Positivity, not Panic, Helps Propel Fuzzy’s Taco Shop
Fuzzy's Taco Shop rolled out family meals to help boost its off-premises orders during the pandemic.
Rewind to March 16: Fuzzy’s Taco Shop franchisee Eddie White was supposed to kick off a week of March Madness promotions and radio spots for his eight restaurants in the Dallas-Fort Worth area. With 15-plus TVs in a restaurant and people coming out for tacos, beer and margaritas, the NCAA Tournament typically is big business for Fuzzy’s, but this time, “There was nobody walking in the restaurant,” said White, “… and you quickly realize the world has changed.”
White, the first franchisee in a Fuzzy’s system that now numbers 160 locations in 17 states, said his immediate thought was preservation—"How do I preserve cash?”—before changing to, “How do I take advantage of every person out there that needs a meal?
“How do I make it as easy as possible for them to get their Fuzzy’s fix?”
Speaking today during a webinar presented by the International Franchise Association, White, along with members of the Fuzzy’s Taco Shop executive team, detailed how they’ve responded over the past 10 weeks since the COVID-19 pandemic and ensuing government-mandated closures began disrupting business operations.
“We’re not going to panic,” said President Mel Knight, referring to a guiding principle in place throughout the crisis. “We chose to not focus on the negative. A negative for us is we don’t have drive-thrus,” so the franchise immediately set a goal of identifying a new idea to execute around its off-premises operations every three to five days.
“Day one was talking about curbside, which was pretty foreign to Fuzzy’s at the time,” continued Knight, who’s been with the brand since it opened its second location in 2006. (NRD Capital acquired Fuzzy’s in 2016 when it had 90 units.) Fuzzy’s had online ordering and delivery capabilities but most of its pre-pandemic sales came from dine-in customers, necessitating a quick change across the board.
Laura Purser, the brand’s VP of marketing, said a curbside program was put together “within a matter of 24 hours,” including door signs and banners, plus the launch of Fuzzy’s Family Meals, an initiative that was researched two years ago but never implemented. Social media messaging switched to promoting new ordering methods and even, in some locations where states allow it, beer and margaritas to go (pictured).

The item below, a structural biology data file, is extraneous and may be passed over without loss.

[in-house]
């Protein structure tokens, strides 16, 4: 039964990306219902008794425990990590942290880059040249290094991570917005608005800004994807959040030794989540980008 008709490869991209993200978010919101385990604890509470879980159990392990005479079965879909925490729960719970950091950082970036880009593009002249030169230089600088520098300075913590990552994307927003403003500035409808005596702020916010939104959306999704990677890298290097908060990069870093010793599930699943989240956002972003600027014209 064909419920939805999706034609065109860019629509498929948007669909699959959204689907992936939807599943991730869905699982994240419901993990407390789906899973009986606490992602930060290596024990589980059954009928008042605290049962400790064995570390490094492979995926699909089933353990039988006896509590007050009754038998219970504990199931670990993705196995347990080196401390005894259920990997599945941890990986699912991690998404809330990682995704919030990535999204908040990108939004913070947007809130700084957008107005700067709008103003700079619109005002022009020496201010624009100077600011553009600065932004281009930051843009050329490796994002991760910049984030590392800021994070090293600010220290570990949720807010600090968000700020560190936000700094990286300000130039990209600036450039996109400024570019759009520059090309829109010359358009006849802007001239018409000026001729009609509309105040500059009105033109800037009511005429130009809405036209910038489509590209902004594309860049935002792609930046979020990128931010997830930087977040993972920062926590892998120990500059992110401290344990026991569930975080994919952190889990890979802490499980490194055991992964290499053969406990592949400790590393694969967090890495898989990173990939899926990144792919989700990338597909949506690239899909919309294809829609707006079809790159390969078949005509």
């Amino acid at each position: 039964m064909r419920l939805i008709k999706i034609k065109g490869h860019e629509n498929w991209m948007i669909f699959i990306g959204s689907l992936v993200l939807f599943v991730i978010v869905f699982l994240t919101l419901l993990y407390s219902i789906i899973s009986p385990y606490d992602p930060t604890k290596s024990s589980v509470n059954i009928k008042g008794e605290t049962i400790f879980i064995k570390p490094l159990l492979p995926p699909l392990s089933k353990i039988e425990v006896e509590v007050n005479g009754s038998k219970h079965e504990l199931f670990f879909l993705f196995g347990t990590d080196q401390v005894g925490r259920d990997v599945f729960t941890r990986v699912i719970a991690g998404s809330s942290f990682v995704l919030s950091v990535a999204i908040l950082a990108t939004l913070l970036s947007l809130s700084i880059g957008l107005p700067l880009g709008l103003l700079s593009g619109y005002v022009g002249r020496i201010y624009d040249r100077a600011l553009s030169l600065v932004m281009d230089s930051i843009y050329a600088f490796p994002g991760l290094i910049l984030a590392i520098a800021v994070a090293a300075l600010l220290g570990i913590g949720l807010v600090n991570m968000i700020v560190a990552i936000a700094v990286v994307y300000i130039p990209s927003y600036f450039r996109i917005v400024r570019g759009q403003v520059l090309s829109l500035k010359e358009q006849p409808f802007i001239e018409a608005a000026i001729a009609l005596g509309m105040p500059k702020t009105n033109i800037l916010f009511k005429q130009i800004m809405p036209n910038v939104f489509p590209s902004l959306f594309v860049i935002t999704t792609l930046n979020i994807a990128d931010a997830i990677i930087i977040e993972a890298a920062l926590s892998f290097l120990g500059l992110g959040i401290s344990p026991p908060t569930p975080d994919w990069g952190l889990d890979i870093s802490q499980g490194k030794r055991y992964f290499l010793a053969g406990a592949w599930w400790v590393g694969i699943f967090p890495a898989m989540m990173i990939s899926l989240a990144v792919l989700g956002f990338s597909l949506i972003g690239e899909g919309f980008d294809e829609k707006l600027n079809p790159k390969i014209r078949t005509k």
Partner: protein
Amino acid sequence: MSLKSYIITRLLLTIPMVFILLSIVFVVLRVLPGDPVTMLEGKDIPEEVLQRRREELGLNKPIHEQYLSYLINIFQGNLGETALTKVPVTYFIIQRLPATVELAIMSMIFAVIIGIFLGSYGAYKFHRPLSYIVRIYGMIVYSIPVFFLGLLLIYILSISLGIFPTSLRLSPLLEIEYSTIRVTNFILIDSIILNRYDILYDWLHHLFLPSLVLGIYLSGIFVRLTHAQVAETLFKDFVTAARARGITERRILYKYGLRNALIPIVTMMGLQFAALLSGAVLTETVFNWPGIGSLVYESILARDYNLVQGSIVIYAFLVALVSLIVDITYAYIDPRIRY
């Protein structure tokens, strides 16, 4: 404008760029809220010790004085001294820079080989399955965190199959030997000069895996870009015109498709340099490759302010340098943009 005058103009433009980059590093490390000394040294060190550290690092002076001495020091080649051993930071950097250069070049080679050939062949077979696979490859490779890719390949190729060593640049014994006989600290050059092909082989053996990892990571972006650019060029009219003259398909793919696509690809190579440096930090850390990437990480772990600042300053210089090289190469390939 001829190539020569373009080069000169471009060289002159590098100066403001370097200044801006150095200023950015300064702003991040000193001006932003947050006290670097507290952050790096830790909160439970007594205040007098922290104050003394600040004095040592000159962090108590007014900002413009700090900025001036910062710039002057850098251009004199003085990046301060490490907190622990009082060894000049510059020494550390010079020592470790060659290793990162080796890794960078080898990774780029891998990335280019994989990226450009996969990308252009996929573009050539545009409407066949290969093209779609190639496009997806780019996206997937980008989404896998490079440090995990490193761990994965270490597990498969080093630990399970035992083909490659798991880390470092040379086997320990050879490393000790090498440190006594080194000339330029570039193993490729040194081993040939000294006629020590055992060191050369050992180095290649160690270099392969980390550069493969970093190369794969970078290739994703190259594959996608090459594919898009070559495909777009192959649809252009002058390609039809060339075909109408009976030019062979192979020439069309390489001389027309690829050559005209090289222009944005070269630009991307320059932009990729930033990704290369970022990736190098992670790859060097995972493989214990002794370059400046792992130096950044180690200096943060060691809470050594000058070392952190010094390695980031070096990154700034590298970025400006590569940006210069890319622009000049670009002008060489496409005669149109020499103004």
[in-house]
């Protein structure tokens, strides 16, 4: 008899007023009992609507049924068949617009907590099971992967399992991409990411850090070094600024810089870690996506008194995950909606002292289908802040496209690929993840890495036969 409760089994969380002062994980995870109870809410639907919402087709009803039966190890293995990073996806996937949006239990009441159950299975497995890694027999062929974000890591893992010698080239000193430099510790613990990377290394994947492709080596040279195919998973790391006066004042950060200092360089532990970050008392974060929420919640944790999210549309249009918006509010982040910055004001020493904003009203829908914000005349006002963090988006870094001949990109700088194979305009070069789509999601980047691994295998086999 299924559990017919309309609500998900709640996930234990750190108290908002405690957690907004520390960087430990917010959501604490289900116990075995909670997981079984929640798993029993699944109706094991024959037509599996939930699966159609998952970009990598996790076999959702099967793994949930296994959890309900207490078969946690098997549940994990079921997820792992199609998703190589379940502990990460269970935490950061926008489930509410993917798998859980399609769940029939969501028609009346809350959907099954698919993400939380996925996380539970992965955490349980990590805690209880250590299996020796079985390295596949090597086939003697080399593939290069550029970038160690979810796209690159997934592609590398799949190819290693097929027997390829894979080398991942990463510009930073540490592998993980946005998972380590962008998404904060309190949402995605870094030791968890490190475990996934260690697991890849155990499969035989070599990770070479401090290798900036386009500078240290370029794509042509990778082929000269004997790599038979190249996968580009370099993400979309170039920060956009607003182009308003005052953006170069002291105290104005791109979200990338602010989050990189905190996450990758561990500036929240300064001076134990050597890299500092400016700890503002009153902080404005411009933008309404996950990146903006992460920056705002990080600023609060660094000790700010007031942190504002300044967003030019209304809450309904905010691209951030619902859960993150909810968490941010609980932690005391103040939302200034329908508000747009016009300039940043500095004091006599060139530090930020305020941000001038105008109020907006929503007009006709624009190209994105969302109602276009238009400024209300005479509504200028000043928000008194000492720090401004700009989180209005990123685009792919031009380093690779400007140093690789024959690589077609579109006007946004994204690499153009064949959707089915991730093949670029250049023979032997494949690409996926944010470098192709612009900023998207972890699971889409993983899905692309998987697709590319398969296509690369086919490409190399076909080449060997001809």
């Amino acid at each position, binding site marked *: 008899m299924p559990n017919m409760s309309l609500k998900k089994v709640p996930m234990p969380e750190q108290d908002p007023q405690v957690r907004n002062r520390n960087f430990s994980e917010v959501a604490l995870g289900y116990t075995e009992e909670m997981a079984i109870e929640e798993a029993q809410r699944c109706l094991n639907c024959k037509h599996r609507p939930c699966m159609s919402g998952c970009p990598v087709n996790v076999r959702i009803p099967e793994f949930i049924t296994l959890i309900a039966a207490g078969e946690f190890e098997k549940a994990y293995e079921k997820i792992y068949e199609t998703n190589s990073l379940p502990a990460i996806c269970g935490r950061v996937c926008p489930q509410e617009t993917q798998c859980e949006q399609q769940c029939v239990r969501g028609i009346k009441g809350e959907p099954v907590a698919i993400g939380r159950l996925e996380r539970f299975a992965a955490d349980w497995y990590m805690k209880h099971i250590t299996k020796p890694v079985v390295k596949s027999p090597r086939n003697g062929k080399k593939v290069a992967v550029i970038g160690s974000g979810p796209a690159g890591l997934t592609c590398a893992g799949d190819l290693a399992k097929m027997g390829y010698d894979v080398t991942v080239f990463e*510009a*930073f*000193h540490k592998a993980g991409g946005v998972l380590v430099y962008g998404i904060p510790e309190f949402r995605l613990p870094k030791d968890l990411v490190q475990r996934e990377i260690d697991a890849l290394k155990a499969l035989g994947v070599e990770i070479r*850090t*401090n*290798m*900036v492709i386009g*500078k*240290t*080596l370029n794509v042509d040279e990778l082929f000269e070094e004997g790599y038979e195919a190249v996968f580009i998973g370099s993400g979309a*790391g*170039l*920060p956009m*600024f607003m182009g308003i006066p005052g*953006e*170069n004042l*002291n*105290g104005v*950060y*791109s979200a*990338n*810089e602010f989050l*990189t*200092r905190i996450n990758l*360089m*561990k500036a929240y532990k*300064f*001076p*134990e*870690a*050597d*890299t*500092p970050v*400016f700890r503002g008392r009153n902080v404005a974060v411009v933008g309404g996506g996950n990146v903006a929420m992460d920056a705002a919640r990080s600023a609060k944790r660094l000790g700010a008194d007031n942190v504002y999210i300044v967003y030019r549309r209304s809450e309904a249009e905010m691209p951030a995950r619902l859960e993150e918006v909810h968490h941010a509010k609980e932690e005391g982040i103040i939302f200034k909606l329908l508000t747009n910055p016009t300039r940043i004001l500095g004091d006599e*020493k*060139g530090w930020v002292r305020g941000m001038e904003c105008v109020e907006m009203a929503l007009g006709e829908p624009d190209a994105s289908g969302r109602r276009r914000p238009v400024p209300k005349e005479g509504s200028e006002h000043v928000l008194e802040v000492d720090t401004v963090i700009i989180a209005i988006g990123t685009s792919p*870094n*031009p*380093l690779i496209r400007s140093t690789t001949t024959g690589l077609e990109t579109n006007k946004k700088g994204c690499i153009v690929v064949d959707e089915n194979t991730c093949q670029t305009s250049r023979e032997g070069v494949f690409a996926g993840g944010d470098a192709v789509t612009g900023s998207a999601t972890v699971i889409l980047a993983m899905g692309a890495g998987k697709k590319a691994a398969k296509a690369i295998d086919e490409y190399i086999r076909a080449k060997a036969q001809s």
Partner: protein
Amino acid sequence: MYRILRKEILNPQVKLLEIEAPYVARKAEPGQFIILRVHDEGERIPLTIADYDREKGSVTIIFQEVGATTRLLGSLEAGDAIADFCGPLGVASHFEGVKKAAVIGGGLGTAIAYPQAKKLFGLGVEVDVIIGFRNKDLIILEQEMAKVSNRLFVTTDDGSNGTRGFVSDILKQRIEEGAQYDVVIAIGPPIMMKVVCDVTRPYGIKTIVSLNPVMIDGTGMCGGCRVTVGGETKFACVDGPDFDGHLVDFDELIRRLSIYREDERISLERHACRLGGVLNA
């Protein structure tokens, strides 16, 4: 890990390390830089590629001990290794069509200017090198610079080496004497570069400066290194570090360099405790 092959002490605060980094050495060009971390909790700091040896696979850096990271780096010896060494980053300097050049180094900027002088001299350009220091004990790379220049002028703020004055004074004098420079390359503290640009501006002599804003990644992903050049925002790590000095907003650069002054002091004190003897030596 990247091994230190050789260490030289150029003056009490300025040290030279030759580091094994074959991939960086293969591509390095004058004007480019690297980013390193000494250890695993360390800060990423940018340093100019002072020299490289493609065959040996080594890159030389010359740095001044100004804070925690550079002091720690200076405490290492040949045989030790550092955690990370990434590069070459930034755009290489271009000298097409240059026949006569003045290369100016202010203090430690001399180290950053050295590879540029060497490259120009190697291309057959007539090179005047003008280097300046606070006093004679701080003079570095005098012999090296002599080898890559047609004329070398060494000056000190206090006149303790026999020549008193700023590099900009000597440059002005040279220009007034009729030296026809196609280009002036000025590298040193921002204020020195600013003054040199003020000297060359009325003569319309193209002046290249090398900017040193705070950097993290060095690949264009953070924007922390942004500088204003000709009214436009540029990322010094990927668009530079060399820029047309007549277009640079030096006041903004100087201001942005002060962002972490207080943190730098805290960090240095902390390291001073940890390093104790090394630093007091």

From her position as chief financial officer, Jessica Wescott said the brand’s 2020 strategic plan was put on hold and her focus shifted to helping franchisees control their own destiny. “If it was an idea that could drive sales, it was on the table,” she said. “Stabilizing is not good enough—we’ve got to add to it in the coming weeks.” Franchisees, she continued, were given even more autonomy to test new ideas to find what worked in their market.
“Let’s all try things, but don’t be afraid to pivot quick if you’re not seeing results,” is the message to franchisees, Wescott said.
All of White’s Dallas-area restaurants have reopened for dine-in service, albeit at the state-mandated 25 percent capacity. Fuzzy’s is deploying its reopening playbook, which includes systemwide health and sanitation measures, along with state-specific recommendations and guidelines from the Centers for Disease Control and Prevention.
“Our customers came back day one,” said White, who added the feedback has been positive and now it’s up to him and his team to make sure “we’re doing what we’re supposed to be doing.
“So far it’s been a win for us.”
Fast forward to May 5. Cinco de Mayo is usually one of the busiest days of the year for Fuzzy’s, and at White’s restaurants, people were lined up in the parking lot, some to come in for fajitas and margaritas and others to snag their curbside order. “Sales-wise, it was a phenomenal day, much more than I would have anticipated considering what the model is right now,” he said.
Systemwide, sales were “only down 3.4 percent over last year’s Cinco,” said Westcott, with 82 percent of sales coming from off-premises channels versus 21 percent in 2019.
“I think, if anything, the big win for the day was hope,” she said. “And it’s hope that, it’s not just Fuzzy’s, it’s not just tacos, it’s not just the Mexican category, but for the whole restaurant industry, people are going to be eager to get out when they feel safe. And if we can cultivate the environment in our restaurants, they’re going to come back.”